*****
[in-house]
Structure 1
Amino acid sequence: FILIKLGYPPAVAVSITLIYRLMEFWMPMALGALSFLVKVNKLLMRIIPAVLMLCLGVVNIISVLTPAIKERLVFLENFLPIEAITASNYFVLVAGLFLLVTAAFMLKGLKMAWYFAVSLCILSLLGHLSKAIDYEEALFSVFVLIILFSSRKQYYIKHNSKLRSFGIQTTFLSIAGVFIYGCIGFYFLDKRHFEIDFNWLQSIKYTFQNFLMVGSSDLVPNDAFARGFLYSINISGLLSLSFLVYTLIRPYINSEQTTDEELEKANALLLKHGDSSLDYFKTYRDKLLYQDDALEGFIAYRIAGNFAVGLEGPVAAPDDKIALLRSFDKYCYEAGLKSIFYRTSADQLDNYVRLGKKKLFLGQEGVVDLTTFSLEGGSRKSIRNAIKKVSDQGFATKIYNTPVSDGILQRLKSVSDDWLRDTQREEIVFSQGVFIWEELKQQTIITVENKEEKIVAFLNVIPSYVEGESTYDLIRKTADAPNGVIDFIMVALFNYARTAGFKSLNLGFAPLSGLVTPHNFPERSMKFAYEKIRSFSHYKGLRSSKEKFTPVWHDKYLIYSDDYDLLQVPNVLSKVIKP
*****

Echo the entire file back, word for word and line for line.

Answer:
[in-house]
Structure 1
Amino acid sequence: FILIKLGYPPAVAVSITLIYRLMEFWMPMALGALSFLVKVNKLLMRIIPAVLMLCLGVVNIISVLTPAIKERLVFLENFLPIEAITASNYFVLVAGLFLLVTAAFMLKGLKMAWYFAVSLCILSLLGHLSKAIDYEEALFSVFVLIILFSSRKQYYIKHNSKLRSFGIQTTFLSIAGVFIYGCIGFYFLDKRHFEIDFNWLQSIKYTFQNFLMVGSSDLVPNDAFARGFLYSINISGLLSLSFLVYTLIRPYINSEQTTDEELEKANALLLKHGDSSLDYFKTYRDKLLYQDDALEGFIAYRIAGNFAVGLEGPVAAPDDKIALLRSFDKYCYEAGLKSIFYRTSADQLDNYVRLGKKKLFLGQEGVVDLTTFSLEGGSRKSIRNAIKKVSDQGFATKIYNTPVSDGILQRLKSVSDDWLRDTQREEIVFSQGVFIWEELKQQTIITVENKEEKIVAFLNVIPSYVEGESTYDLIRKTADAPNGVIDFIMVALFNYARTAGFKSLNLGFAPLSGLVTPHNFPERSMKFAYEKIRSFSHYKGLRSSKEKFTPVWHDKYLIYSDDYDLLQVPNVLSKVIKP